Having read this review(if many do?) I can see you asking yourself "this guy constantly compares to the original" - and that's the thing. This is an unashamed remake and they have taken that tag and ran with it - I end up reviewing more as to how close to the original they go and not whether I liked it as a standalone film! The problem is that a remake has to be better than the original otherwise what's the point?! ...this is not better than the original. You just never quite believe it. Go and see the original it's a better film.

    As a standalone and assuming the viewer has not seen or heard of the original I think it just about stands up - 6/10 for me. A good try but it had stiff competition.

    Don't forget that the original has 2 further films which loosely follow each other, by watching those you get the story first - there is going to be a remake of 2 and 3 next, I can just feel it!!

    Edit - after having slept on it, my review changed to a 5 - Why, this adds nothing and simply remakes by numbers. Is it bad, No - the original was not so it had a blueprint. Is it good, No not brilliant since it misses (almost) everything that made the original good. Worth a watch.
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    This movie is an obvious example of bad remake attempt. Pusher original is a great movie and one of the best crime drama in modern European cinema. Actually, Dannish. Also it is a part of the trilogy which were (all three) directed by now well known director Nicolas Winding Refn. While Pusher were presented as a very realistic dark crime underworld, this remake is just a poor copy of the movie, same individuals, same places and context. The original movie language is Dannish and is placed in the city of Copehagen, and this one were made by UK actors and placed in London. There is only one actor that played the same character in original and this remake. It is Milo, played by great Zlatko Buric, but what generally fail here, is that Milo have a Turkish background here, while in original he was presented as a Yugoslavian, as his original background is from the region of Ex Yugoslavia (precisely Croatia). As a disappointing point is Milo presented with Turkish background which did not suit here at all. I thought if the characters were original as in original movie, Milo will have original presentation, but it ends as something different. Maybe it is because in original movie he was presented as a Serb praising some of the well known war criminals like Karadzic or Arkan. Maybe only because of that director Luis Prieto presents Milo with different background. The obvious copy of the plot did not look effective at all. The feeling is that we watch bad repetition of original, and it is so obvious how original is good. Far from better, unique I should say. The actors also were not convincing as those in original. I don't think that this movie will leave positive marks among critique and audience, but this is my opinion. No one have to agree with it. I say, this one is not worth to remember, only as a bad repetition of original great Film. Director Nicolas Winding Refn acts here as an executive producer, and I really don't know what is his opinion on this one, but regarding original Pusher, he made other two stories that follows first Pusher, and all of the three stories fits excellent in a whole, as a Pusher Trilogy.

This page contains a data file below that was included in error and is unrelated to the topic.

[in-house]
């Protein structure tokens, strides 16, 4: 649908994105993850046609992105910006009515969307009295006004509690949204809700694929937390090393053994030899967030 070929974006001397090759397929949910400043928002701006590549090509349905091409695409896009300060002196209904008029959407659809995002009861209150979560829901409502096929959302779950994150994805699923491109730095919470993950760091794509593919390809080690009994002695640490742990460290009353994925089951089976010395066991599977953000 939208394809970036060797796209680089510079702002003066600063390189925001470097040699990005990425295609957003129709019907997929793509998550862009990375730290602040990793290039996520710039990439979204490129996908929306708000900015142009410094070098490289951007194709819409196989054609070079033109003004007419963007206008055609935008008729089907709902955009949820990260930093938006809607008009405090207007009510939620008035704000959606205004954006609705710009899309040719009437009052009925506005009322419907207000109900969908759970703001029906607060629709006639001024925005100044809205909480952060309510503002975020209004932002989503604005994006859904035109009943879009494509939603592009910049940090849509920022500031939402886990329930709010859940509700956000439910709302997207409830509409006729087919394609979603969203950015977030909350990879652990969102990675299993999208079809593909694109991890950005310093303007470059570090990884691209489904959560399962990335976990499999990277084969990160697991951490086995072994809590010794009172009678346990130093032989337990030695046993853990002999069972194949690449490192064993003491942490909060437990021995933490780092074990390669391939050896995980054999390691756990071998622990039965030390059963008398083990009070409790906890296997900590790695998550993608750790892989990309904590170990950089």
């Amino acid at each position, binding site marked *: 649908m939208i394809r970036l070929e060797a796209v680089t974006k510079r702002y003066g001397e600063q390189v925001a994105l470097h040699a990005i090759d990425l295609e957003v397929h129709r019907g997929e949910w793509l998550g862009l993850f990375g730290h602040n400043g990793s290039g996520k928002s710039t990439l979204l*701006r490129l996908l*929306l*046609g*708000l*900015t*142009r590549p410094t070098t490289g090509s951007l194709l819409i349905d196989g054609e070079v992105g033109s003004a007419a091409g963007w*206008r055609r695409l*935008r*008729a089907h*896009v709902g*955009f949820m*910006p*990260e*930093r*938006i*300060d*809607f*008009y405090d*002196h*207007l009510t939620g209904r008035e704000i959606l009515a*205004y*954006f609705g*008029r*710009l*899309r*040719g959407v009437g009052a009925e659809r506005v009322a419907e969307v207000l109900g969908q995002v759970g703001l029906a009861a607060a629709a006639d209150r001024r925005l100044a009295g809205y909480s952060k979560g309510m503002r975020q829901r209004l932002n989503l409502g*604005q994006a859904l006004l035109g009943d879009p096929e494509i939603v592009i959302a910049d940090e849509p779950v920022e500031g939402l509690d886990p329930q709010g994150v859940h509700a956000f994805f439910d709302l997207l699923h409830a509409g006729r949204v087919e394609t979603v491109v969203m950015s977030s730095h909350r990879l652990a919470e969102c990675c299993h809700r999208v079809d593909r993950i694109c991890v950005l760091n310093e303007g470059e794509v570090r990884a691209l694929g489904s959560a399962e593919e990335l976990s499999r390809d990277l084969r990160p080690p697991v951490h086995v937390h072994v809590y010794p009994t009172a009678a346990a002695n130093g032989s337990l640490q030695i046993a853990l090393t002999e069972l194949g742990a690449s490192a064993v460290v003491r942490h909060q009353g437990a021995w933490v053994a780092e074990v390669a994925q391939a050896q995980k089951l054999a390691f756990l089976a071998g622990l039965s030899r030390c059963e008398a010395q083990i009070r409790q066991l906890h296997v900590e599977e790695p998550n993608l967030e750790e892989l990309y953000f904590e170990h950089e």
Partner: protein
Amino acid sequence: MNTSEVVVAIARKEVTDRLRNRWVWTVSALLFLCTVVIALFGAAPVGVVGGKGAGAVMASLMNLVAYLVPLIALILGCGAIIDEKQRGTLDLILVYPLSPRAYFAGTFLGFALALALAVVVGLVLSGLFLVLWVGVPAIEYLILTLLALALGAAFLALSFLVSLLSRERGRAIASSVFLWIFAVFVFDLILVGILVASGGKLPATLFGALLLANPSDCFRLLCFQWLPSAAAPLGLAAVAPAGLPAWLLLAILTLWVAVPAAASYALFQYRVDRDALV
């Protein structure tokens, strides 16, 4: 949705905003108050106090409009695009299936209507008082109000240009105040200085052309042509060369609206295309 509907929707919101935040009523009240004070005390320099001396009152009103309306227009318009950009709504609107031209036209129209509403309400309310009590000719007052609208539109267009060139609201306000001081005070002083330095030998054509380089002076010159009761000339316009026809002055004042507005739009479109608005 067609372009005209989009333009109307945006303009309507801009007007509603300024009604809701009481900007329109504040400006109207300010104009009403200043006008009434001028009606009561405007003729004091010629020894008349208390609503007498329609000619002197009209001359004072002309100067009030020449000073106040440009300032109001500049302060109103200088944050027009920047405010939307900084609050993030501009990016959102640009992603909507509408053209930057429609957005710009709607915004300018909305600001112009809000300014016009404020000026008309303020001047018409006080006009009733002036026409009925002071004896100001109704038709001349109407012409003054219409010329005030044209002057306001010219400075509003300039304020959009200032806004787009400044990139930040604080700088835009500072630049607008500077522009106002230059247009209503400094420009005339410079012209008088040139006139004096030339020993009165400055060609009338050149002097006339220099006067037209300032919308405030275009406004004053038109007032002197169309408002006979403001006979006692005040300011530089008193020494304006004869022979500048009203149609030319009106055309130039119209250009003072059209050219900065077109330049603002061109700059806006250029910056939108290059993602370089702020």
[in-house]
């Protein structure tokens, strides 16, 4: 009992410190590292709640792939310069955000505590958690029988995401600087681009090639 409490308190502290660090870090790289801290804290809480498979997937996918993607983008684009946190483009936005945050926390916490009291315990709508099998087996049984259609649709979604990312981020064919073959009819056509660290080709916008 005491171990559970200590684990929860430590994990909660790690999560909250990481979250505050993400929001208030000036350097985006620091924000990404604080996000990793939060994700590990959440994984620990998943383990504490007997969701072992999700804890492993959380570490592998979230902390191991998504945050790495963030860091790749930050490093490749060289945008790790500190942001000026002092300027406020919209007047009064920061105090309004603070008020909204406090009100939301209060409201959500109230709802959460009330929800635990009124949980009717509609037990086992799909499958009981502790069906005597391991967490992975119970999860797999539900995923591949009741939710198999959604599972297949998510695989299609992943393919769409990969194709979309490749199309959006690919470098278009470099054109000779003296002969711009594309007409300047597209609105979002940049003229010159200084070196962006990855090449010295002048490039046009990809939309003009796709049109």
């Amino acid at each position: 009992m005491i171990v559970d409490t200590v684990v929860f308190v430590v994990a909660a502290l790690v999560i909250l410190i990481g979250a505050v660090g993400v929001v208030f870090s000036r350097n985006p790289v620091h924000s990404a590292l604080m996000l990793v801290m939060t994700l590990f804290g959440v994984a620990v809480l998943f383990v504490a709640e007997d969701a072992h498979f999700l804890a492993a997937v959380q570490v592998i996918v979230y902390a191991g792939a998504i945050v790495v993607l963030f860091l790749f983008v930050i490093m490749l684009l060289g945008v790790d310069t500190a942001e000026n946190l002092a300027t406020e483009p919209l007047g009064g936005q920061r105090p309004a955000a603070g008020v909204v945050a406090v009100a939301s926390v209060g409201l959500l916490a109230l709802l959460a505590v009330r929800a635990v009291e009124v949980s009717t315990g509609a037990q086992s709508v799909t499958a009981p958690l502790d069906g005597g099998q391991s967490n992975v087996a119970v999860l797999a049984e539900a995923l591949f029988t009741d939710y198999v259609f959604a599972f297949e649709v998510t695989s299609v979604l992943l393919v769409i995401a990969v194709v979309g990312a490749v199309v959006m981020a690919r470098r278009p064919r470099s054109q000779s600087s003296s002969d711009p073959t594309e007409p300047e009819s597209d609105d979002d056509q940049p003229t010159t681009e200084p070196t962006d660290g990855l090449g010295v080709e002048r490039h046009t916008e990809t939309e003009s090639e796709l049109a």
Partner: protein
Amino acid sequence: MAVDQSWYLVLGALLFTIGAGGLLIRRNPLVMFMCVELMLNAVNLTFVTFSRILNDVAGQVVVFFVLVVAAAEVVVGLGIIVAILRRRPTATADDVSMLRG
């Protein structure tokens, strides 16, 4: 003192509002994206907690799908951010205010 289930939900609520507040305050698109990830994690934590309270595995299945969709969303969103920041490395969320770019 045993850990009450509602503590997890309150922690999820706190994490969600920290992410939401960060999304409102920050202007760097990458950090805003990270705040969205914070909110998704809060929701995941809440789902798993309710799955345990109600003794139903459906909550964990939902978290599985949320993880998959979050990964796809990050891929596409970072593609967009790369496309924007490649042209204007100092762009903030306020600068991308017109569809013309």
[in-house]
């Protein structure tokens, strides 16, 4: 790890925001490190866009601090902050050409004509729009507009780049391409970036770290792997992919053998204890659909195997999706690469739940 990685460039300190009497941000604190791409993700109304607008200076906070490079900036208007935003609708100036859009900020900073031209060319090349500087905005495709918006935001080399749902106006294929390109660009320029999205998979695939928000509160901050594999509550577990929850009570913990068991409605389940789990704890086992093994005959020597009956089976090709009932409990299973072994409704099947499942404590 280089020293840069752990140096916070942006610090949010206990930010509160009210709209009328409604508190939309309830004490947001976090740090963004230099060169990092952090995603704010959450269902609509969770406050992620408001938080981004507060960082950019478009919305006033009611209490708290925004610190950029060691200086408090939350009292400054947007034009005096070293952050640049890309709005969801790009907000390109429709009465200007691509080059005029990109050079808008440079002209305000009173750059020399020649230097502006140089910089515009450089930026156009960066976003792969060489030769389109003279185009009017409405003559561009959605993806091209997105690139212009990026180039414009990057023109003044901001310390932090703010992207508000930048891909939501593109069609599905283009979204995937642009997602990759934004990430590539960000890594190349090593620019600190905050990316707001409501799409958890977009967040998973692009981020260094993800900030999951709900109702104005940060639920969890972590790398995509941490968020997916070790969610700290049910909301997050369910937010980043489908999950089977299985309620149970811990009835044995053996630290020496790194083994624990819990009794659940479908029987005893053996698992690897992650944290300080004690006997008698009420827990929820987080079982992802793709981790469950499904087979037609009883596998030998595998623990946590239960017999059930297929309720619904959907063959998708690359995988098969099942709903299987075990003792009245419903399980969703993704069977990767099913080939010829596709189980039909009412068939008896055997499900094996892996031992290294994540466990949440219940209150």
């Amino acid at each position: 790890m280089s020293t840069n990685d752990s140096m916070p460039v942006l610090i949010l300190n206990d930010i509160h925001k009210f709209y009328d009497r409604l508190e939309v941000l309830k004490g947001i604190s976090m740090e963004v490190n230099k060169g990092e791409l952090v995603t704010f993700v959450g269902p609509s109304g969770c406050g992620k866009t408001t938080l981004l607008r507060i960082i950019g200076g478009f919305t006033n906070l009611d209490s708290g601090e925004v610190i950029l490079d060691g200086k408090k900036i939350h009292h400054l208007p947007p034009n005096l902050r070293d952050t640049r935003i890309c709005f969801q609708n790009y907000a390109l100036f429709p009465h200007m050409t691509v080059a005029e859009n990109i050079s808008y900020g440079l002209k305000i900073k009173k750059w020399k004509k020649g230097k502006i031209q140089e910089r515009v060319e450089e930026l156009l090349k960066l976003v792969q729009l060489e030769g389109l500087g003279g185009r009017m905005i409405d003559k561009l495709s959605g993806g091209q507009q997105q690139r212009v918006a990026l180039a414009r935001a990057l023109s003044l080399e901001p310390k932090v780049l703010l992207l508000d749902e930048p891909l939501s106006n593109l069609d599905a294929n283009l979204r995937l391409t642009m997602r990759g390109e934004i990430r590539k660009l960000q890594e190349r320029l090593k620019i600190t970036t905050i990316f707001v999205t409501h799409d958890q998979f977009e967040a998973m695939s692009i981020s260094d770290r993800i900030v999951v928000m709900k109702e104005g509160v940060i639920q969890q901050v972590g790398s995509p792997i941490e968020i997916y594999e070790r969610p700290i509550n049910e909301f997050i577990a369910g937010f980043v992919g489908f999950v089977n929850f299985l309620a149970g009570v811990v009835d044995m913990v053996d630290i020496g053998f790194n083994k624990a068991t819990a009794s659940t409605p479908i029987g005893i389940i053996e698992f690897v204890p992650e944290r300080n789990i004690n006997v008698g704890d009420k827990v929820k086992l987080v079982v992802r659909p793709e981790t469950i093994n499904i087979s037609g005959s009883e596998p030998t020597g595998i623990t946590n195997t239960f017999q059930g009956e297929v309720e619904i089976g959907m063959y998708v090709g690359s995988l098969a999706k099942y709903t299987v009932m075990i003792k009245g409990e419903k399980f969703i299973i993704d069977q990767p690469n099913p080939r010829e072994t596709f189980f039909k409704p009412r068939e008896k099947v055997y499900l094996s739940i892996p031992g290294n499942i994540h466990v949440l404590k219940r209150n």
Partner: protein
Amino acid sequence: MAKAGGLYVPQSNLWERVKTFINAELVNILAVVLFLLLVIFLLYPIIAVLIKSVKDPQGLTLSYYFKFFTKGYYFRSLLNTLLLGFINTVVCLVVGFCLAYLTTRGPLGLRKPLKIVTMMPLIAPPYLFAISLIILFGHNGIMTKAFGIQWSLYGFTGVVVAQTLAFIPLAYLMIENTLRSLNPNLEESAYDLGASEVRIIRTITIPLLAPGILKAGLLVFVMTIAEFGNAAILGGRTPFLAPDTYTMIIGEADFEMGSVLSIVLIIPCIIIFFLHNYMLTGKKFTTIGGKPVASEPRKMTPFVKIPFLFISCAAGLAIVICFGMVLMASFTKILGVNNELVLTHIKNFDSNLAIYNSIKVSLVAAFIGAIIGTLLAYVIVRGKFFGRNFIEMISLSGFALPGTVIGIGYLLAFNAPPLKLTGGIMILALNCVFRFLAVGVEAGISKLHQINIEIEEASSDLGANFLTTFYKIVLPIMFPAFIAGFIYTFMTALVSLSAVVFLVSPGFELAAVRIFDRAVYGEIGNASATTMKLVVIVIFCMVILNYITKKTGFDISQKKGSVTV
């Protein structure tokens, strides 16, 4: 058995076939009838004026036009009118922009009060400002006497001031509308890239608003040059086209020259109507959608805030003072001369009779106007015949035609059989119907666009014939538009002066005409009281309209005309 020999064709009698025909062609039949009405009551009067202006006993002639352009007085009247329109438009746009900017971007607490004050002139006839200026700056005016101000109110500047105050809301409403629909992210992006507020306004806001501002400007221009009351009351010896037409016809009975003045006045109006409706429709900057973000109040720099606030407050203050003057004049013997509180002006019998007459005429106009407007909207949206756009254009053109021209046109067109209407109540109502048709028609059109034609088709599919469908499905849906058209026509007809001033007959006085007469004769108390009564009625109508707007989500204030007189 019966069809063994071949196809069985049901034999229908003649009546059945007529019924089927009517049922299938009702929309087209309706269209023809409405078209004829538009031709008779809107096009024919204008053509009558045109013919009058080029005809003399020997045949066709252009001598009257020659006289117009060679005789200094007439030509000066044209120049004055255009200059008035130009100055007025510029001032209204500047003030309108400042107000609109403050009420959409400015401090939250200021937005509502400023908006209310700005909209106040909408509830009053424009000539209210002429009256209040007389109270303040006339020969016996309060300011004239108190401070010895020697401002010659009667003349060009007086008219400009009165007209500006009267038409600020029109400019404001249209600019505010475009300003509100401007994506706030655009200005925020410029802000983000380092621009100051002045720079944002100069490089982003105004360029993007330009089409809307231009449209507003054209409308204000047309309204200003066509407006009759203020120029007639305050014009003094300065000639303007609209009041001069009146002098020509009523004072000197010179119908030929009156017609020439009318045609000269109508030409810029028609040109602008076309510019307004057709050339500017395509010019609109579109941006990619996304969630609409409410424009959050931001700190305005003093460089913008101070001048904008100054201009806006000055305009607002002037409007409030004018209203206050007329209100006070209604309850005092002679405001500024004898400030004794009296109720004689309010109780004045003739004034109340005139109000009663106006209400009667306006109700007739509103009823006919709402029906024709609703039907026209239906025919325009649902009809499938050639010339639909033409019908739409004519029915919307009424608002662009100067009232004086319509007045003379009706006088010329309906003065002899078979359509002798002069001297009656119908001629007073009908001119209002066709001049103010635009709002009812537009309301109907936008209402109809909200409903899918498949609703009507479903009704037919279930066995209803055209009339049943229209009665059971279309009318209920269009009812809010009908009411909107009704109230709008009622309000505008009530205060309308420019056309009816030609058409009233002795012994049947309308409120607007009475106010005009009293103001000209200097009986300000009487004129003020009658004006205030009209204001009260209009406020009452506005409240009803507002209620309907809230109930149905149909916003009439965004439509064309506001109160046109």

I found that there are also one more remake of Pusher made in 2010, in Hindi language. I did not see it so I will not comment on this one.
  • avatar

    digytal soul

    In Pusher, we follow Frank, a low lever drug dealer/user in London for a week. Usually he deals small quantities in danceclubs or larger quantities to partying rich low lives. His girl, a stripper and escort but not prostitute, keeps the money for him. He also spikes the drugs and keeps the remainder in a storage space.